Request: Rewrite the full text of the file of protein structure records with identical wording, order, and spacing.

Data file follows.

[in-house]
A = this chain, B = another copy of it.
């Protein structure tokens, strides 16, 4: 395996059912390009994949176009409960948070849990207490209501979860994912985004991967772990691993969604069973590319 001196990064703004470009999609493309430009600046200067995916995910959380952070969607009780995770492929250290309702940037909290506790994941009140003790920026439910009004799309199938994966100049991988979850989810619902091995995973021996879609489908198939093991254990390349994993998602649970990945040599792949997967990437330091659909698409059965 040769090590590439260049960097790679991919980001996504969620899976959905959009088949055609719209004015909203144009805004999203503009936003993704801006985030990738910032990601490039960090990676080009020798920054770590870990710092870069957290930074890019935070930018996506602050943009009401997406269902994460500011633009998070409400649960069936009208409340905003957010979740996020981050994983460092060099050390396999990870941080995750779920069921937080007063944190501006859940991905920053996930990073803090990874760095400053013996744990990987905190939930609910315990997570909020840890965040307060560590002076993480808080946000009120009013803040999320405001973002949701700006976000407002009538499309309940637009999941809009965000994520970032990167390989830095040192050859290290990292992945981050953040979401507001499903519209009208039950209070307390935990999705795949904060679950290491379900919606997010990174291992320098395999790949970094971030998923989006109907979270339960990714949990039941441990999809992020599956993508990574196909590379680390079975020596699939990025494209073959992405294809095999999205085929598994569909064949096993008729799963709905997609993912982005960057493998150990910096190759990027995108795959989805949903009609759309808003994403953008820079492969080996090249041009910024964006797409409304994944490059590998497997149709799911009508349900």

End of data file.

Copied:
[in-house]
A = this chain, B = another copy of it.
């Protein structure tokens, strides 16, 4: 395996059912390009994949176009409960948070849990207490209501979860994912985004991967772990691993969604069973590319 001196990064703004470009999609493309430009600046200067995916995910959380952070969607009780995770492929250290309702940037909290506790994941009140003790920026439910009004799309199938994966100049991988979850989810619902091995995973021996879609489908198939093991254990390349994993998602649970990945040599792949997967990437330091659909698409059965 040769090590590439260049960097790679991919980001996504969620899976959905959009088949055609719209004015909203144009805004999203503009936003993704801006985030990738910032990601490039960090990676080009020798920054770590870990710092870069957290930074890019935070930018996506602050943009009401997406269902994460500011633009998070409400649960069936009208409340905003957010979740996020981050994983460092060099050390396999990870941080995750779920069921937080007063944190501006859940991905920053996930990073803090990874760095400053013996744990990987905190939930609910315990997570909020840890965040307060560590002076993480808080946000009120009013803040999320405001973002949701700006976000407002009538499309309940637009999941809009965000994520970032990167390989830095040192050859290290990292992945981050953040979401507001499903519209009208039950209070307390935990999705795949904060679950290491379900919606997010990174291992320098395999790949970094971030998923989006109907979270339960990714949990039941441990999809992020599956993508990574196909590379680390079975020596699939990025494209073959992405294809095999999205085929598994569909064949096993008729799963709905997609993912982005960057493998150990910096190759990027995108795959989805949903009609759309808003994403953008820079492969080996090249041009910024964006797409409304994944490059590998497997149709799911009508349900």